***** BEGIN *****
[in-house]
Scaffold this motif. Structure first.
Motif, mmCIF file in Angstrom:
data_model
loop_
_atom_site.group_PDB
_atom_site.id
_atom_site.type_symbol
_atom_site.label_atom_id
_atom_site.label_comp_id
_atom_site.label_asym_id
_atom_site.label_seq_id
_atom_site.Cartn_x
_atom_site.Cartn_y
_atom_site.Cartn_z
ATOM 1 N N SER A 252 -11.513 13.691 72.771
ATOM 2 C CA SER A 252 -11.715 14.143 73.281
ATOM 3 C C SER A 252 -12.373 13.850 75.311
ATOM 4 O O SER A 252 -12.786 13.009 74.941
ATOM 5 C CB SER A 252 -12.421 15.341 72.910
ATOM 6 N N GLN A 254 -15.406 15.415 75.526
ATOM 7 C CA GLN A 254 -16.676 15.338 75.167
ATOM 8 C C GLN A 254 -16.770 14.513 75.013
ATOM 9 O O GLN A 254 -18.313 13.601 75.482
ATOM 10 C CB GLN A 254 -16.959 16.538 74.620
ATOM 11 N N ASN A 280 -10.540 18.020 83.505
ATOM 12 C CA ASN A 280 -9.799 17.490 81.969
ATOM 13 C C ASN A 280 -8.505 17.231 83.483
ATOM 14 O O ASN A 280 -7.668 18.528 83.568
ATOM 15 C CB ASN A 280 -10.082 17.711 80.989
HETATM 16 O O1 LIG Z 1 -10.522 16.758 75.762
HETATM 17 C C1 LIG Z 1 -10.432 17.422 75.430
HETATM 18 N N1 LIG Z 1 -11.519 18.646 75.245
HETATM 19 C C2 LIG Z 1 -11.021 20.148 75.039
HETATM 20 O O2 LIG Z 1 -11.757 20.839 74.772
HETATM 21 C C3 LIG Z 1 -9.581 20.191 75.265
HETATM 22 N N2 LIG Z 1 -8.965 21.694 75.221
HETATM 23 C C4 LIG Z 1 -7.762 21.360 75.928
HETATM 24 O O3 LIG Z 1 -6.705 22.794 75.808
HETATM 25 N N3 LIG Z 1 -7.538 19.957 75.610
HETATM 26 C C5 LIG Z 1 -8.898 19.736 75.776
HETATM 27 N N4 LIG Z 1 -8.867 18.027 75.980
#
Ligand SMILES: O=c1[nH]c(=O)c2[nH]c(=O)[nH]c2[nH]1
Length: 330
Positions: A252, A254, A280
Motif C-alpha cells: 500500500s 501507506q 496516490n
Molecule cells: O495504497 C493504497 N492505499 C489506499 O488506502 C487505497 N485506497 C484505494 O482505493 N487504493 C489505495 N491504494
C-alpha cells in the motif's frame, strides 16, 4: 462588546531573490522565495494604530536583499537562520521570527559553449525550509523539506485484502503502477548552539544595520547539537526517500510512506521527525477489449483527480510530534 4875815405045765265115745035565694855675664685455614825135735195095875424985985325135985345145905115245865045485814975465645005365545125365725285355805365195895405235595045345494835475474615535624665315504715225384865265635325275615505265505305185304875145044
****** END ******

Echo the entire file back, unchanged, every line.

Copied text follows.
[in-house]
Scaffold this motif. Structure first.
Motif, mmCIF file in Angstrom:
data_model
loop_
_atom_site.group_PDB
_atom_site.id
_atom_site.type_symbol
_atom_site.label_atom_id
_atom_site.label_comp_id
_atom_site.label_asym_id
_atom_site.label_seq_id
_atom_site.Cartn_x
_atom_site.Cartn_y
_atom_site.Cartn_z
ATOM 1 N N SER A 252 -11.513 13.691 72.771
ATOM 2 C CA SER A 252 -11.715 14.143 73.281
ATOM 3 C C SER A 252 -12.373 13.850 75.311
ATOM 4 O O SER A 252 -12.786 13.009 74.941
ATOM 5 C CB SER A 252 -12.421 15.341 72.910
ATOM 6 N N GLN A 254 -15.406 15.415 75.526
ATOM 7 C CA GLN A 254 -16.676 15.338 75.167
ATOM 8 C C GLN A 254 -16.770 14.513 75.013
ATOM 9 O O GLN A 254 -18.313 13.601 75.482
ATOM 10 C CB GLN A 254 -16.959 16.538 74.620
ATOM 11 N N ASN A 280 -10.540 18.020 83.505
ATOM 12 C CA ASN A 280 -9.799 17.490 81.969
ATOM 13 C C ASN A 280 -8.505 17.231 83.483
ATOM 14 O O ASN A 280 -7.668 18.528 83.568
ATOM 15 C CB ASN A 280 -10.082 17.711 80.989
HETATM 16 O O1 LIG Z 1 -10.522 16.758 75.762
HETATM 17 C C1 LIG Z 1 -10.432 17.422 75.430
HETATM 18 N N1 LIG Z 1 -11.519 18.646 75.245
HETATM 19 C C2 LIG Z 1 -11.021 20.148 75.039
HETATM 20 O O2 LIG Z 1 -11.757 20.839 74.772
HETATM 21 C C3 LIG Z 1 -9.581 20.191 75.265
HETATM 22 N N2 LIG Z 1 -8.965 21.694 75.221
HETATM 23 C C4 LIG Z 1 -7.762 21.360 75.928
HETATM 24 O O3 LIG Z 1 -6.705 22.794 75.808
HETATM 25 N N3 LIG Z 1 -7.538 19.957 75.610
HETATM 26 C C5 LIG Z 1 -8.898 19.736 75.776
HETATM 27 N N4 LIG Z 1 -8.867 18.027 75.980
#
Ligand SMILES: O=c1[nH]c(=O)c2[nH]c(=O)[nH]c2[nH]1
Length: 330
Positions: A252, A254, A280
Motif C-alpha cells: 500500500s 501507506q 496516490n
Molecule cells: O495504497 C493504497 N492505499 C489506499 O488506502 C487505497 N485506497 C484505494 O482505493 N487504493 C489505495 N491504494
C-alpha cells in the motif's frame, strides 16, 4: 462588546531573490522565495494604530536583499537562520521570527559553449525550509523539506485484502503502477548552539544595520547539537526517500510512506521527525477489449483527480510530534 4875815405045765265115745035565694855675664685455614825135735195095875424985985325135985345145905115245865045485814975465645005365545125365725285355805365195895405235595045345494835475474615535624665315504715225384865265635325275615505265505305185304875145044